6. Couple of things: Nice shoes, nice legs! However, it would be nice to know some information about your new shoes. What they are, where you bought them, how are they to walk in, you know, stuff like that. I realize that I'm a man of too many words, so I'm not saying you should follow my example, but some sort of explanation would be helpful.
  7. This used to happen to me all the time. I did not react as well as you did, usually I whipped out my own phone and pretended to take pictures of whoever had their phone out at me. However, times have changed, and I have changed. I haven't noticed anybody trying to record my image in a long time. It probably still happens, but not like it did 5-10 years ago. Maybe I just walk better now?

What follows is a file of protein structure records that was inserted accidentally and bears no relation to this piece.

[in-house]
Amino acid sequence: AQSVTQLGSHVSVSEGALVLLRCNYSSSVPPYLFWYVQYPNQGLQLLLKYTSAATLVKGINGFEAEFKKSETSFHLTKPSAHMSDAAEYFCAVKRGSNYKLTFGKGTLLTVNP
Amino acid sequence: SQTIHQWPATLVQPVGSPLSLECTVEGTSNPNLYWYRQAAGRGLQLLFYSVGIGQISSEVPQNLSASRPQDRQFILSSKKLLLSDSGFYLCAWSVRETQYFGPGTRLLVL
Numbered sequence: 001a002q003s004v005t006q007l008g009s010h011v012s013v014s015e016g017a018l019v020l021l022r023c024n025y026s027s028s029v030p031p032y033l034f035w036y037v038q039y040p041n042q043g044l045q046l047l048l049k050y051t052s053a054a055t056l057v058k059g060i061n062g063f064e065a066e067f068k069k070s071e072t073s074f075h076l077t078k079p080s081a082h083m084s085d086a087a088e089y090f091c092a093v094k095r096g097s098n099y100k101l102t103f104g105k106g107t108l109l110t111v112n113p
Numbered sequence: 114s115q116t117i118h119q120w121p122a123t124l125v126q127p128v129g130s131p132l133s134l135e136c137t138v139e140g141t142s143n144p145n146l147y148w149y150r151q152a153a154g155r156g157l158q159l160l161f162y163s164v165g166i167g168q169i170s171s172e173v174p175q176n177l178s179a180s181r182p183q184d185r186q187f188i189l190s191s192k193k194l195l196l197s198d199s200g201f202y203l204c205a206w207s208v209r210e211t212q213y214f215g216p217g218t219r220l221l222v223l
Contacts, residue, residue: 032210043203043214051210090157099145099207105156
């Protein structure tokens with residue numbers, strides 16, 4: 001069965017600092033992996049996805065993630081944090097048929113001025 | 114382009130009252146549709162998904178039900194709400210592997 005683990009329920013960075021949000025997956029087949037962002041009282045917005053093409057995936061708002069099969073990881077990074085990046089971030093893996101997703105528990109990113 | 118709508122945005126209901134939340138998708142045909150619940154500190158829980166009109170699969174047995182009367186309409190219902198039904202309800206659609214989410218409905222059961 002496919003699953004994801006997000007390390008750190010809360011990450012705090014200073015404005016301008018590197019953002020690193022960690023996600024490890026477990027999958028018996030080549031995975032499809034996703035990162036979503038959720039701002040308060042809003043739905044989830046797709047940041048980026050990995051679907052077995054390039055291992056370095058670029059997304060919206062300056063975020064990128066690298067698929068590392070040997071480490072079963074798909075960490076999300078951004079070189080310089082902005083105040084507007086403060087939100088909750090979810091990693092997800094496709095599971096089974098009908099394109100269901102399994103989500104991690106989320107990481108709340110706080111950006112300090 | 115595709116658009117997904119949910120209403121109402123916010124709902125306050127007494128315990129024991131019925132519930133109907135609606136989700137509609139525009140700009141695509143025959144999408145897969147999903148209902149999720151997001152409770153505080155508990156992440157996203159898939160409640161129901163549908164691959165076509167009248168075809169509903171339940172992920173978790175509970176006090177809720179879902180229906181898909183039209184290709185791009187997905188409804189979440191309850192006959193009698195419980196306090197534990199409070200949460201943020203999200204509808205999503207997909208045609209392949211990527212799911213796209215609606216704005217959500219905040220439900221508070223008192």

8. Farmer's Market outfit of the week. The weather has been very strange this year. For the month of May, it seemed like it was either really hot or really cold. We hit shorts wearing weather the second week of May, but then for the next few weeks it was in the 50s for highs (lower 10s C). As a result, I let my legs go for 3+ weeks. That was a tactical error. What is normally a 5-7 minute process turned into a 15 minute endeavor, it was kind of a hatchet job, and it made me run late. At least the farmer's market is not the type of place where people notice that you've missed a couple of patches of hair on the side of your thigh. I chose to wear mid heels on this particular night, one of my three pairs of Söfft Calvados, which have a 3 inch total rise (3 3/4" heel with 3/4" platform). True to form, they didn't bite back, and it was like working in flats. In fact, when we got home, I didn't bother to change shoes for the unload like I usually do. Shorts are Banana Republic, t-shirt is by some unfortunate in Vietnam, quite possibly named Baby Three. I only got one comment, and that was from an old lady who was using a walker. I stepped out from behind the table in order to serve her, and she said something to the effect of, "I don't see how you can work this market in those shoes. Even back when I was waitressing, I always wore flats, and my feet still killed me." I kind of deflected the subject a bit, and found out she was working at Costco part time, giving out samples. Next time I am at Costco, I'll have to look for her. I honestly don't know what to tell people any more. I do bring backup flat(ter) shoes with me, just in case. I've never had to use them in a year and a half of doing this. I guarantee you that if I ever forgot them, or decided, "Nah, I don't need these!", that would be the one time something would go wrong somehow.